What Education Is Needed to Become a Lawyer?

Becoming a lawyer can be a rewarding career with ample salary and advancement potential. Your role would involve helping people navigate the legal system, representing clients in litigation and following laws to safeguard clients’ best interests. There are various specializations within this field such as corporate Law, family Law, intellectual Property Law and criminal Law; also available are positions with law firms or government agencies such as Department of Justice.

People looking into this profession will first need a bachelor’s degree. While it doesn’t matter which subject one chooses as their undergraduate major, ideally it should provide enough of a foundation in law school studies for them to succeed later on. Next up: taking the Law School Admission Test, or LSAT. Law schools require applicants taking this standardized assessment when applying. Some universities even offer prelaw advisors who can help students select degree programs, prepare for LSAT and gather letters of recommendation that could aid their application to Law schools.

Once accepted into law school, a student will pursue a Juris Doctor, or JD, degree program. While each school offers different courses of study for JD degrees, most offer fundamental legal studies classes like contracts, torts, and constitutional law as well as more specialized ones in criminal, international or real estate law. Students may also gain practical experience through clinical programs or externships.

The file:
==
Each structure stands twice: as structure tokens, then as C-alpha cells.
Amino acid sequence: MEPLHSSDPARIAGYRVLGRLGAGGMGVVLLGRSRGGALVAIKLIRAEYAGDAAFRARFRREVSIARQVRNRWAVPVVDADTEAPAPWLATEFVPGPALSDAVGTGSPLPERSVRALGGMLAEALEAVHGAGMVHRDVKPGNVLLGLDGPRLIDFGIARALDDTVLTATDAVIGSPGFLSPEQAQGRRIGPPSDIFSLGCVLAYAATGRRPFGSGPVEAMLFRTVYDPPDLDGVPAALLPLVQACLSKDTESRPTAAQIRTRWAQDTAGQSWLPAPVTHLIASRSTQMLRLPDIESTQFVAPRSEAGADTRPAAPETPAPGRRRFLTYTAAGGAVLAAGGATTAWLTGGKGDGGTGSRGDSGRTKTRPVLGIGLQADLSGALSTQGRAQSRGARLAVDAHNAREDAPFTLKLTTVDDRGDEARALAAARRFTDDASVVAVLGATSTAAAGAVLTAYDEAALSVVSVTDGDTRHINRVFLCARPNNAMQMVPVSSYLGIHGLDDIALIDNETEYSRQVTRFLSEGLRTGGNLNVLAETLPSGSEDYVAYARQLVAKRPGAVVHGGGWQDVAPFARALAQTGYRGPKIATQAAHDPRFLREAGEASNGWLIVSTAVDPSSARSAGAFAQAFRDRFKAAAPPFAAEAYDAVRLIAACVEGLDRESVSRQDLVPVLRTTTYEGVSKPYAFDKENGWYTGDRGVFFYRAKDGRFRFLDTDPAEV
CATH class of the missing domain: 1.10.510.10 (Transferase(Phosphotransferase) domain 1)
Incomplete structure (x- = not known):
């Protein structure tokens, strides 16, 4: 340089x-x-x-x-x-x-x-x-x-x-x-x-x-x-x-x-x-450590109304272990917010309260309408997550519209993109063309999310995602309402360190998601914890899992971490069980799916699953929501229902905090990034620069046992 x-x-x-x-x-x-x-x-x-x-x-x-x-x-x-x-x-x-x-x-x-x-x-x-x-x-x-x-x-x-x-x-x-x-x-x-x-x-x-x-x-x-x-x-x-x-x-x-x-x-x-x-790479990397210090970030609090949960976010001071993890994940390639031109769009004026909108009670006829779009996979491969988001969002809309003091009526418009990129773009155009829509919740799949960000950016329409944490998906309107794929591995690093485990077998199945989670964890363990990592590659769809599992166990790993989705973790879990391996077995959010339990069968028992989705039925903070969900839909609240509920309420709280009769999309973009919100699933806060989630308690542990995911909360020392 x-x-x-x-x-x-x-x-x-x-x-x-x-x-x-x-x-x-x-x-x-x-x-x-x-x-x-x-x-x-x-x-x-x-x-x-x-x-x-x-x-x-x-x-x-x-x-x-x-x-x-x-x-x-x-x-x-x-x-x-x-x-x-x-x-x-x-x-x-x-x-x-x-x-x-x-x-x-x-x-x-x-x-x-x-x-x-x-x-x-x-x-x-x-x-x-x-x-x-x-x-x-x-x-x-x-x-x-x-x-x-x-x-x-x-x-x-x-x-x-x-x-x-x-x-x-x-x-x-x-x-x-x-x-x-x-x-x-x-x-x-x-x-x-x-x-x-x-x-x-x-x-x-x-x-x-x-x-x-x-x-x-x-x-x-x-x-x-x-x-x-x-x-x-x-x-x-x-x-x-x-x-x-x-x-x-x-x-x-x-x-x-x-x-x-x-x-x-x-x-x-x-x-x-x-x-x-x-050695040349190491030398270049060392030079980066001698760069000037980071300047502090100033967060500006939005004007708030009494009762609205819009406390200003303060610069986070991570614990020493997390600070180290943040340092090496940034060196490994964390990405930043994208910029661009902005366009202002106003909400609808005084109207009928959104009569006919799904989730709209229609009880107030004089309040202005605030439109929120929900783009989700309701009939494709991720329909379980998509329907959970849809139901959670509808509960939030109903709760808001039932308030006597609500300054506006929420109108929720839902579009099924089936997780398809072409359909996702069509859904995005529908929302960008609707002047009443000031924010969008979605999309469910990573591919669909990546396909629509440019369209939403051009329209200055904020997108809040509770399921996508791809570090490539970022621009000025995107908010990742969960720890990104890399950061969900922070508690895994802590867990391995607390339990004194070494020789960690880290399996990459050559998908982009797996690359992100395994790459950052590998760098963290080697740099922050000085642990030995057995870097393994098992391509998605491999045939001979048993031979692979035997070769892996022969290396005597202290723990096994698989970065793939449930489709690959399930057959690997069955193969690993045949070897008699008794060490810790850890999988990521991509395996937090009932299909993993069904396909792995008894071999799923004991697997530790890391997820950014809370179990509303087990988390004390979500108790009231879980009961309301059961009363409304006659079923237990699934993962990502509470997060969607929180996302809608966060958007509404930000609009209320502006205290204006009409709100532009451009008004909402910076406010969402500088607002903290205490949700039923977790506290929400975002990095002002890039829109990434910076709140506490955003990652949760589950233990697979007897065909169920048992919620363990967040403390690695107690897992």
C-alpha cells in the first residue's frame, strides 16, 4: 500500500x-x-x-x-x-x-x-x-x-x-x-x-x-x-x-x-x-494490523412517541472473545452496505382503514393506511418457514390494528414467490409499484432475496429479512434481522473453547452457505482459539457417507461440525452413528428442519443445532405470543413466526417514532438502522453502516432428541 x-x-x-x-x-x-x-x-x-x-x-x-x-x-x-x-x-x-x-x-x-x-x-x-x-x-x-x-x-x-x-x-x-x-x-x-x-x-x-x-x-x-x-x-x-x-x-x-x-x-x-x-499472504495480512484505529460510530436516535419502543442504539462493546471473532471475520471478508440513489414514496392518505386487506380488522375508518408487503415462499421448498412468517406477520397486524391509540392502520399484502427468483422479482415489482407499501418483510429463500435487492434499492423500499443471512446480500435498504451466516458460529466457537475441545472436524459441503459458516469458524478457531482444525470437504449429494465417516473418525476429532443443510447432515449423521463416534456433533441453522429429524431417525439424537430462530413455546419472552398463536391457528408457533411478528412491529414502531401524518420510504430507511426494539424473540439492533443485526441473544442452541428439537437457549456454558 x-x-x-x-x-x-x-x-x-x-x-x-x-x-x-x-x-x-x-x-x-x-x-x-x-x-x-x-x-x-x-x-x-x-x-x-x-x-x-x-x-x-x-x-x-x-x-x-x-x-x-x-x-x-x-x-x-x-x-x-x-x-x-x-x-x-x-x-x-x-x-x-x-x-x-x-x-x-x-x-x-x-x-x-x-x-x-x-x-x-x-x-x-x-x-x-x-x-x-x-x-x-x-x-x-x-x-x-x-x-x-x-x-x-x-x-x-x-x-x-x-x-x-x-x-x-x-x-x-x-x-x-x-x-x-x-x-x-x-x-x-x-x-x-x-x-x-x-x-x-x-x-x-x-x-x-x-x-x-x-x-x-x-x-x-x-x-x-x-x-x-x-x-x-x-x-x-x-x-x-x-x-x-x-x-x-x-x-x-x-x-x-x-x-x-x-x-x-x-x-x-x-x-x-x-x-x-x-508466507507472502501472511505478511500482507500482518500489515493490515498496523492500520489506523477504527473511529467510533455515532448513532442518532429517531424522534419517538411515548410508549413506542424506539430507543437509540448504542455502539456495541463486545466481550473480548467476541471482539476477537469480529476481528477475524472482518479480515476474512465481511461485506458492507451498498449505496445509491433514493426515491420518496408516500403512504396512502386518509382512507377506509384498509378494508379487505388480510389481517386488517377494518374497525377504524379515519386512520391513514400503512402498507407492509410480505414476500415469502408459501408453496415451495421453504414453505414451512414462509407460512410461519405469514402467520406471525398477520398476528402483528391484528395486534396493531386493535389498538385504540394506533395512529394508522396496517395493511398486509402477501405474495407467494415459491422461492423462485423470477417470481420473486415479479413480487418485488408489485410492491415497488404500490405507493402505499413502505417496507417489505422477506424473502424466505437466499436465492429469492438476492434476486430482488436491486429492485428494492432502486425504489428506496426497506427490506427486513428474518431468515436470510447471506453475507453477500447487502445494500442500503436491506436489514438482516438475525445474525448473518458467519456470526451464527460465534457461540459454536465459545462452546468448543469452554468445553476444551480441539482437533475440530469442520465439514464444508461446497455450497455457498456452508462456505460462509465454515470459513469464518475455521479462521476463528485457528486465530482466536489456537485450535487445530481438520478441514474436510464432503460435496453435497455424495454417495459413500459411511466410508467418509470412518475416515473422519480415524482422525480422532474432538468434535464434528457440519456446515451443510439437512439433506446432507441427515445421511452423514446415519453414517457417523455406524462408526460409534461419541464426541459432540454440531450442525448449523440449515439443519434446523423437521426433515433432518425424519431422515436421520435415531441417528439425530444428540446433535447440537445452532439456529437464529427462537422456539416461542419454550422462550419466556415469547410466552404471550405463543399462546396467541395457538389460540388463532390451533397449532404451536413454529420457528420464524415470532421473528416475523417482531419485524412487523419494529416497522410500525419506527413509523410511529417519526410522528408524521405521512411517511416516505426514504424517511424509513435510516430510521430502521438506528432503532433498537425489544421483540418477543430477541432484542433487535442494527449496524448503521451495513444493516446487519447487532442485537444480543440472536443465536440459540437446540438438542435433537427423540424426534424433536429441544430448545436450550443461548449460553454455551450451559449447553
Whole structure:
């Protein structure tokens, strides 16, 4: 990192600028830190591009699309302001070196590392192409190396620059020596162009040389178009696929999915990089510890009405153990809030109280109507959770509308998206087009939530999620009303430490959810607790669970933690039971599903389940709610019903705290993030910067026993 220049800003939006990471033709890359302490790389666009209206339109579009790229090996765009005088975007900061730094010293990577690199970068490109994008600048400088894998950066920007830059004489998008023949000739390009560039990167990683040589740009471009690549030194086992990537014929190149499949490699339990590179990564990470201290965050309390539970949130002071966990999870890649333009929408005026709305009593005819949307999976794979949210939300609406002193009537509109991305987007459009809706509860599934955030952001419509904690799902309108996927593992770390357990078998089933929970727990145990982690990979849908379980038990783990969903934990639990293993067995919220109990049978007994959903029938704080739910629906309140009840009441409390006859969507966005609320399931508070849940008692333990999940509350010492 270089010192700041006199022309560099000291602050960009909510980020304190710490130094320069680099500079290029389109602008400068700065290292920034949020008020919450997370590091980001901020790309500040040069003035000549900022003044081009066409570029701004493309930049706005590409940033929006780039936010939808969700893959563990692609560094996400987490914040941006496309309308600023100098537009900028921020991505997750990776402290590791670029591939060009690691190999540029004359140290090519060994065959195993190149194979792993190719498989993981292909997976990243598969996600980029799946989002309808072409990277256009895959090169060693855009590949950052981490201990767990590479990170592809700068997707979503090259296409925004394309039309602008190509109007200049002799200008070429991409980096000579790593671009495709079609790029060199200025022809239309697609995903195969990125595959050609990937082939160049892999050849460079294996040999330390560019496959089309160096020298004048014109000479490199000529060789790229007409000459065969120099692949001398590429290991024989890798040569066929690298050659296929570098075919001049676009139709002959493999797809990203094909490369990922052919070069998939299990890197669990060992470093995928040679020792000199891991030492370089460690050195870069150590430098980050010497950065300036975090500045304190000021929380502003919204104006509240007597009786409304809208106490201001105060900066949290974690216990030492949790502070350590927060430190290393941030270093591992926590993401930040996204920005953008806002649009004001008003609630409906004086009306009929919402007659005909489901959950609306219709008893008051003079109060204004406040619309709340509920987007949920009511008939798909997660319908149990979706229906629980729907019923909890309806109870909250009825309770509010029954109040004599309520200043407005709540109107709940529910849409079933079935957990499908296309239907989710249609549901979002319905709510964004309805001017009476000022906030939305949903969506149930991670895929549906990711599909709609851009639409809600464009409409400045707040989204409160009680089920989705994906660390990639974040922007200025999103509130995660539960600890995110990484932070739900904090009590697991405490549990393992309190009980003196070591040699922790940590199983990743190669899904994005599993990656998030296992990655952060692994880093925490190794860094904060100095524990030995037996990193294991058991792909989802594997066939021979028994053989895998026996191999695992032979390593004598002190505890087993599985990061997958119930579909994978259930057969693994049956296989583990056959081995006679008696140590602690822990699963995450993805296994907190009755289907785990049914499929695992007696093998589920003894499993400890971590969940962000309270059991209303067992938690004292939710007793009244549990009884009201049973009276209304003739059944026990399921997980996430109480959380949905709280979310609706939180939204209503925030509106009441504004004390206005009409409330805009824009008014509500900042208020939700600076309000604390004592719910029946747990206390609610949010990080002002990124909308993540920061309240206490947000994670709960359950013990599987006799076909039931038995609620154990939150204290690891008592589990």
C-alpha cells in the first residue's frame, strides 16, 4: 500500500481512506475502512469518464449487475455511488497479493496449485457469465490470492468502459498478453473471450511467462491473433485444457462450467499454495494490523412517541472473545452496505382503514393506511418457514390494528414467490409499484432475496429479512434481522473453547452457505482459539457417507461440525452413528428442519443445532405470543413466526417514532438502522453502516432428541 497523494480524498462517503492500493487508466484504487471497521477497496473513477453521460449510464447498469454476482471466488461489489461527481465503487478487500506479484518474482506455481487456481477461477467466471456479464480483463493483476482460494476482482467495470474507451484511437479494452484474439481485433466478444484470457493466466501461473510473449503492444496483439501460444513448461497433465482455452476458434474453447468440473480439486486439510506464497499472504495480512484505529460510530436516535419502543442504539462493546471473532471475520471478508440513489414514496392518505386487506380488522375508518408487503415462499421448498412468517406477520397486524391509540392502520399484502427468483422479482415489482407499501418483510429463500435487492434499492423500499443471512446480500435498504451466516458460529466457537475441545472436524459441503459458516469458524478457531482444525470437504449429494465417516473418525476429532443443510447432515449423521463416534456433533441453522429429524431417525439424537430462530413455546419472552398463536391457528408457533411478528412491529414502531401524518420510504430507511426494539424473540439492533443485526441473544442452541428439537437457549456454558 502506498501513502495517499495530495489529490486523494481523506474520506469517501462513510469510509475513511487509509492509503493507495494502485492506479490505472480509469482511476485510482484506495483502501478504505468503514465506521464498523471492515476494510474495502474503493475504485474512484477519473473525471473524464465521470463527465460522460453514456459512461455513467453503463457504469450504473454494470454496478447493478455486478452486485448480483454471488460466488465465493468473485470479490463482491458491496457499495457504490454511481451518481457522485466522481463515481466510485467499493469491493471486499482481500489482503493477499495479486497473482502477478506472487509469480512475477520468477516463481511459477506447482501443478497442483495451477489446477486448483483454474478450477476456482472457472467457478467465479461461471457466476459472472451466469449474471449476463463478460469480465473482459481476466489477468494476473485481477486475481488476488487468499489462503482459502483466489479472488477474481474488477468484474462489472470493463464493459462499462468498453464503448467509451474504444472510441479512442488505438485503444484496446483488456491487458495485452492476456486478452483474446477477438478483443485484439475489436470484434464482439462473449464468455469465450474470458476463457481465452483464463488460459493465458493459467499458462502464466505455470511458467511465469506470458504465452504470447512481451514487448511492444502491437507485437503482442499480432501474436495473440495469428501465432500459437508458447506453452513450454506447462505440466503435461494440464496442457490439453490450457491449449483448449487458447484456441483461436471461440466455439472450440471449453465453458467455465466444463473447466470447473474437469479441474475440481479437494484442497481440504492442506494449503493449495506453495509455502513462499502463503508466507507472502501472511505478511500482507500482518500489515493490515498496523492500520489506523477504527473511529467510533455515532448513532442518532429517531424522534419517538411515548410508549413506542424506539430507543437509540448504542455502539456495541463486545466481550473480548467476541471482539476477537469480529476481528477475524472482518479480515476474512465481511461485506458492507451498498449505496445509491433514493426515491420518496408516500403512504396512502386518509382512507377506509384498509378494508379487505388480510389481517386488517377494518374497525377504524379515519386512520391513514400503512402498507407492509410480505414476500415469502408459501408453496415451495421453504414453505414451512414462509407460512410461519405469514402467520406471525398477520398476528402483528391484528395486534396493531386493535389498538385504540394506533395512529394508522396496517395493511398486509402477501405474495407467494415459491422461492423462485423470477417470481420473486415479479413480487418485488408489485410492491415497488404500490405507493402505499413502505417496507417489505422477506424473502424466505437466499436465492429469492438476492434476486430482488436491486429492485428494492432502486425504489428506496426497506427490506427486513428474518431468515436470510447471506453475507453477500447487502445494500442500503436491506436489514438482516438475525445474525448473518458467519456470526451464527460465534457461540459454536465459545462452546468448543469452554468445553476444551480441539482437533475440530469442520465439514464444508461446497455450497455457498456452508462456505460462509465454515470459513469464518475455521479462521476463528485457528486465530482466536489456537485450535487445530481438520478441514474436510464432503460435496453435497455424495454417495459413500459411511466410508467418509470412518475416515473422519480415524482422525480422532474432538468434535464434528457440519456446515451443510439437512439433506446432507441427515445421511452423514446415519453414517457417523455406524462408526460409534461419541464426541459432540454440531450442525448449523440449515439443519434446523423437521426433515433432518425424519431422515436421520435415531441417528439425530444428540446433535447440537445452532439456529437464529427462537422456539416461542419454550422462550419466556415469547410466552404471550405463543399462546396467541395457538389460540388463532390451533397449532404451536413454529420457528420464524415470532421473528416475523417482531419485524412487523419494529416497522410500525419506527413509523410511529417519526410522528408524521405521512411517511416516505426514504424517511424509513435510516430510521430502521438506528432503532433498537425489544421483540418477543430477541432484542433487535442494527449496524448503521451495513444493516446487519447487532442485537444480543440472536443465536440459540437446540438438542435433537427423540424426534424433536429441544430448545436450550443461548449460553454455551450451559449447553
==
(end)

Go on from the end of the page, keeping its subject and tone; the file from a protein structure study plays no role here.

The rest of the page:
After graduating law school, graduates will need to pass their state bar exam. This exam generally lasts two days and covers basic laws and regulations of their state. Candidates should prepare themselves for lengthy essays as well as being able to read complex legal documents with ease. A strong knowledge of law is key for developing sound legal arguments against cases as well as creating sound strategies against them.

Are You Eligible for Legal Practice? Qualifications to become a lawyer include possessing superior communication and interpersonal skills as well as the ability to remain calm under pressure. In addition, becoming a lawyer demands intense concentration, persistence and analytic thinking as court proceedings may take years and require multiple rounds of appeals before being resolved. Finally, using technological tools for research and case preparation would also prove advantageous.

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